Bulbuls are slim, long-tailed passerines. All of them perch in an angular posture and are usually good singers. They can be quite gregarious when in large groups, especially when feeding. Bulbuls build a bowl-shaped nest out of thin sticks, and their nests are quite neat and tidy. A clutch usually consists of two eggs.
There are roughly 150 species of bulbuls, mainly found in Africa and Asia. Karnataka is home to 8 species of bulbuls, and all these species can be found within a 250-kilometre radius from Bangalore.
The Red-whiskered Bulbul is usually the first bird to arouse the curiosity of most people, given that it is quite common in cities and very tolerant of human presence. It is a slim, dark-backed, conspicuous bulbul with a long crest, which is often held upright giving it a very smart appearance. It has red face patches, lending it its name. It also has a red vent like the Red-vented Bulbul, but the two species differ in their head shape, head colour, and red face patch. An opportunistic feeder, the Red-whiskered Bulbul feeds on fruit, nectar, flower buds and invertebrates. Red-whiskered Bulbuls are native from India to southeast China to northern Malaya.
In contrast to the Red-whiskered Bulbul, the Red-vented Bulbul has a short crest, giving the head a squarish appearance. The head is also dark and blackish in colour. As its name suggests, this bird has a red vent, and its black tail is tipped white. Red-vented Bulbuls feed on a diet of fruits, nectar, flower petals, insects, and occasionally, geckos. Red-vented Bulbuls are native from Pakistan to southwest China.
The Yellow-throated Bulbul is a range-restricted species, which favours rocky scrub forests. The bird was first described by TC Jerdon in 1844, from Horsley Hills in Andhra Pradesh. It is one of the few bulbuls to nest in rock cliffs and is usually seen in pairs. Though possible to confuse it with the White-browed Bulbul (their range overlaps and calls are similar), it is easily recognisable by its distinctively yellow head, throat and vent. The diet of the Yellow-throated Bulbul consists of berries and insects. This species is endemic to southern India and is threatened with extinction due to habitat loss. Berry-bearing shrubs, particularly Securinega, Toddalia, Erythroxylon, Solanum, Santalum, Ziziphus, Ficus, Canthium, Phyllanthus and Lantana, are important food sources.
Of all the bulbuls found in Karnataka, the White-browed Bulbul has to be the loudest in its vocalisations. It shares a similar habitat to the Yellow-throated Bulbul, but has a larger range and is more common. The White-browed Bulbul has olive upperparts, whitish underparts, and a white supercilium which gives it its name. It prefers dense scrub and feeds on fruit, nectar and insects. This species is endemic to southern India and Sri Lanka.
The Grey-headed Bulbul prefers moist broad-leaved evergreen forests with bamboo and dense undergrowth. This species was originally described by TC Jerdon. Its plumage is olive green, and it has a grey head, nape and throat; its forehead is yellow-green. It has a sharp, single-note call unlike other bulbuls. It can be extremely shy and is rarely seen in the open. Its diet consists mainly of fruits and invertebrates. Fruits include those of Symplocos cochinchinensis, Antidesma menasu, Clerodendrum viscosum, Syzygium cumini, Litsea floribunda, Maesa indica, Callicarpa tomentosa, Leea indica and Lantana camara. The Grey-headed Bulbul is a Western Ghats endemic.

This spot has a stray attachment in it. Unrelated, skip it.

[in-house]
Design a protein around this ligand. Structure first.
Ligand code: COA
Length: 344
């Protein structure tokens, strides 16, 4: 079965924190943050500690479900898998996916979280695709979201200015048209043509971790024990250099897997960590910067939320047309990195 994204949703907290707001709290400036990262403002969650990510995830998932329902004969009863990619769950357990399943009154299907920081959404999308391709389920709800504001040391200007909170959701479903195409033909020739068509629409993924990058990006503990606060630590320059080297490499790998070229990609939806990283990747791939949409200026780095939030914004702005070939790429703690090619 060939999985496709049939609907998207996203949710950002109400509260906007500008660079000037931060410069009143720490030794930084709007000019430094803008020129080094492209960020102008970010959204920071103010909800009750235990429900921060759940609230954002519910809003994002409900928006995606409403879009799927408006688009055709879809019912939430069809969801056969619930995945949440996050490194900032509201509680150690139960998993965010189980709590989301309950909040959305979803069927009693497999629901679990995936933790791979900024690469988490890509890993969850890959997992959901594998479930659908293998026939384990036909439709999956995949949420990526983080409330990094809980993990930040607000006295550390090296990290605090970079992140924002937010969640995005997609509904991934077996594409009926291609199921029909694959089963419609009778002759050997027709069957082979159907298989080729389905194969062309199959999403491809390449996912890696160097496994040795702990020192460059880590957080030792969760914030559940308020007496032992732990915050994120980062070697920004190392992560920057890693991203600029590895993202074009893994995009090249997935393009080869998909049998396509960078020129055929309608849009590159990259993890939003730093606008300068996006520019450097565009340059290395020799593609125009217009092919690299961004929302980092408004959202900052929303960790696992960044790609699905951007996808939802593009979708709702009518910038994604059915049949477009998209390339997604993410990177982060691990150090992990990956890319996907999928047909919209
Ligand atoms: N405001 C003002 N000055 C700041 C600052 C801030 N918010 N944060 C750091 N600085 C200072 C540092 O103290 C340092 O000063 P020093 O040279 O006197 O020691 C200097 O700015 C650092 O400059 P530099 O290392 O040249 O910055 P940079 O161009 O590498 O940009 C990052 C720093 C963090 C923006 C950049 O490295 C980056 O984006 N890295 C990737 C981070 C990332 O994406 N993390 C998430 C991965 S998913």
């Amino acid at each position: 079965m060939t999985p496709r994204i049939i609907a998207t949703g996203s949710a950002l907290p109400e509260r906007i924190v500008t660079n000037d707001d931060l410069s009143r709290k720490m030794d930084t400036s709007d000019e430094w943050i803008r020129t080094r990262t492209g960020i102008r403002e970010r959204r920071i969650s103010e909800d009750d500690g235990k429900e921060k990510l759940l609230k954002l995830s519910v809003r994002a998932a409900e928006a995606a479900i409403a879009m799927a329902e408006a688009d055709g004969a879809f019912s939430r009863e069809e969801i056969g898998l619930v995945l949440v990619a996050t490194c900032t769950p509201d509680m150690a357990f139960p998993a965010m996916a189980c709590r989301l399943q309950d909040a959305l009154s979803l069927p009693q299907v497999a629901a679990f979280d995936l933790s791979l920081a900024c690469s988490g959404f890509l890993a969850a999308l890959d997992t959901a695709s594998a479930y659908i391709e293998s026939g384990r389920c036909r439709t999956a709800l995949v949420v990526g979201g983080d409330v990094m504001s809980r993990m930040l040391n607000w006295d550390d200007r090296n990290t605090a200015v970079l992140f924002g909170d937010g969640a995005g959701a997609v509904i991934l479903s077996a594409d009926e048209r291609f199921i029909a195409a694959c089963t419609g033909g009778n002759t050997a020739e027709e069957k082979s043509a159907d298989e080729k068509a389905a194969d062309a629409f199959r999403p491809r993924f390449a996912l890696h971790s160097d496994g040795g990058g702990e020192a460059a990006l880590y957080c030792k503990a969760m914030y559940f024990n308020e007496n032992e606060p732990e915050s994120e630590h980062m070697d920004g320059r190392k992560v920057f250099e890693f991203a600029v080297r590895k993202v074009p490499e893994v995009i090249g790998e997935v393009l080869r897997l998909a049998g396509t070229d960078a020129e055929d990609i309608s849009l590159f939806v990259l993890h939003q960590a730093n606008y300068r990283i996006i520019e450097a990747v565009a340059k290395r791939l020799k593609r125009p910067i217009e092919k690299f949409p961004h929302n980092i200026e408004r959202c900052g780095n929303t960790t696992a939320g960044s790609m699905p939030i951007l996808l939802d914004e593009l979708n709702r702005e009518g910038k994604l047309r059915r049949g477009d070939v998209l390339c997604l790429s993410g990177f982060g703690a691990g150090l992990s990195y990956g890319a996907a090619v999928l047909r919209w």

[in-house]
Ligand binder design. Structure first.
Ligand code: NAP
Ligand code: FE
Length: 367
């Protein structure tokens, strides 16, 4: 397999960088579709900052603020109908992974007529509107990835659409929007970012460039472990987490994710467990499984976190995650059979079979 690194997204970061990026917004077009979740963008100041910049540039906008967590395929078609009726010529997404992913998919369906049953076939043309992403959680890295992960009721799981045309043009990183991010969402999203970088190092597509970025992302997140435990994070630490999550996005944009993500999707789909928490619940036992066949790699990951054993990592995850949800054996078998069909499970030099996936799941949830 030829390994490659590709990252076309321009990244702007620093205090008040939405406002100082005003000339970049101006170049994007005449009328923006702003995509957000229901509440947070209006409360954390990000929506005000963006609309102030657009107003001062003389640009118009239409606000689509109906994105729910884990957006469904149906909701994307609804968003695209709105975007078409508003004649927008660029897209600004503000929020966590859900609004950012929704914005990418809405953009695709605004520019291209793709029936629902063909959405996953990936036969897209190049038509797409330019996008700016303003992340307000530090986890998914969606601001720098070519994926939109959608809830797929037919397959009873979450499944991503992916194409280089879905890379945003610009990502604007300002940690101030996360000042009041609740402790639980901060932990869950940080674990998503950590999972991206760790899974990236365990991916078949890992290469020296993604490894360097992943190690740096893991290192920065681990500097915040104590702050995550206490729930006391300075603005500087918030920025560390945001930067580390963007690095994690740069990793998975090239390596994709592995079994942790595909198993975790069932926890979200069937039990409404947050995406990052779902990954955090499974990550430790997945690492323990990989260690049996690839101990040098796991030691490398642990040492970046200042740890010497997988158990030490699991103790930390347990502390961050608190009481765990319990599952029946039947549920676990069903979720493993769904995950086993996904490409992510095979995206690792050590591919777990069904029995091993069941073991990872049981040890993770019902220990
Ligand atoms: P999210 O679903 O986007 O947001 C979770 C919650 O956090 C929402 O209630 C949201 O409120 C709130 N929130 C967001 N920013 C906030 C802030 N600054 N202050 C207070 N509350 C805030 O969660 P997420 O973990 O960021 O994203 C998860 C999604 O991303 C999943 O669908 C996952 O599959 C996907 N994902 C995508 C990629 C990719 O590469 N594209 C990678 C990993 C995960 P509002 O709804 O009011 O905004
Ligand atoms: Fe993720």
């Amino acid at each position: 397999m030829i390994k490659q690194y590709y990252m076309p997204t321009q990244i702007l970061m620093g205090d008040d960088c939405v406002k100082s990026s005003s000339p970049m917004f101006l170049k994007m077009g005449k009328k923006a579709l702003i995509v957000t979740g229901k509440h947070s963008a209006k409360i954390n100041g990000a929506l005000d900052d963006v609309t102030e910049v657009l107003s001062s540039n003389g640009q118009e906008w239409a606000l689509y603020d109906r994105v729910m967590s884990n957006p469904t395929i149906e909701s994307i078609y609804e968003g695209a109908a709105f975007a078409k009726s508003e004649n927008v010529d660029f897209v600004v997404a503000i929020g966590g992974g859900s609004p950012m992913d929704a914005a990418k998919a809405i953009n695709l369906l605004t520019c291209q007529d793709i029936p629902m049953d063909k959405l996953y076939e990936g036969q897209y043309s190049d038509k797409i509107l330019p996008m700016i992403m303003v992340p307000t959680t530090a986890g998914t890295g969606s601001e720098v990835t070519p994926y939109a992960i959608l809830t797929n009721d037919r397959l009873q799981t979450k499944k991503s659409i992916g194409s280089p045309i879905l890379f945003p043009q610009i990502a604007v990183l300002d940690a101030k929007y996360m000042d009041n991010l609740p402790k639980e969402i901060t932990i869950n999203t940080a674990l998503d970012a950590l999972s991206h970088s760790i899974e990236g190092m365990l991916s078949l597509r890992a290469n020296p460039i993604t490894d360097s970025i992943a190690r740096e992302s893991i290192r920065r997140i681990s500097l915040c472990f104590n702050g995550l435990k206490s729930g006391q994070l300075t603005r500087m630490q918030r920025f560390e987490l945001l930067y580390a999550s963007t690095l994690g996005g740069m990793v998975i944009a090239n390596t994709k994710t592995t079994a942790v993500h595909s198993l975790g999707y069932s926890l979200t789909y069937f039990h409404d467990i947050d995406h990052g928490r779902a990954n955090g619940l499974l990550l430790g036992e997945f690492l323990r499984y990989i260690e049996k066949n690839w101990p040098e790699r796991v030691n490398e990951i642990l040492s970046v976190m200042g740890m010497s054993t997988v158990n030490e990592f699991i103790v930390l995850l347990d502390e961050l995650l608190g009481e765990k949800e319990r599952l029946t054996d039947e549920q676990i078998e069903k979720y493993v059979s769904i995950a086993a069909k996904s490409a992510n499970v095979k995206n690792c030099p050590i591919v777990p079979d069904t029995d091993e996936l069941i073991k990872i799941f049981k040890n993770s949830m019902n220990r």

Having moved to Coorg recently, I usually take a morning walk on the family coffee plantation and enjoy the bird-life there. One such morning, I noticed a flurry of activity on a Jackfruit Tree. On closer inspection, it turned out to be a group of Grey-headed Bulbuls. They were intent on feeding on the white, sticky sap oozing out of the tree. This came as a surprise, since I have never before seen any birds showing interest in this sap; perhaps they were feeding on insects that were stuck in the sap.
While birding in the dense forests of the Western Ghats, the calls of the Yellow-browed Bulbul seem to follow you everywhere. This is a brightly coloured bird – olive above and yellow below – with prominent large, dark eyes and a yellow eyebrow. This species was originally described by TC Jerdon in 1839, on the basis of specimens from the Wayanad region. Yellow-browed Bulbuls frequent sholas, evergreen forests, and shade-grown coffee plantations. They feed mostly on fruits and seeds as well as spiders and a variety of winged insects. They are usually found in mixed flocks along with Fulvettas, Black-naped Monarchs and many other species, as they move through the forest canopy. Their nest is a cup built in a low tree fork, covered with moss and cobwebs on the outside. The Yellow-browed Bulbul is native to southern India and Sri Lanka.
Originally described by John Gould in 1835, the Flame-throated Bulbul is the most striking of all the bulbuls, with its black head, orange-red throat, and white iris. This species is endemic to the Western Ghats and is primarily a bird of the forest, rarely seen in coffee plantations. The Flame-throated Bulbul feeds on fruit and insects, sometimes in mixed-species foraging flocks. Its breeding season is mostly from February to April. The nest is a small cup, placed in the undergrowth, 1 to 3 metres from the ground level, and is usually made of yellowing leaves bound with cobwebs; it can easily be mistaken for a wind-blown accumulation of dry leaves.
The Square-tailed Bulbul is quite gregarious, and is found in groups, feeding noisily on fruiting and flowering trees. This species was originally described by Sykes in 1832. Usually found at higher elevations compared to the other bulbuls, its natural habitat is subtropical or tropical moist montane forests. This black coloured bulbul has a striking orange-red beak. The Square-tailed Bulbul is native to south-western India and Sri Lanka.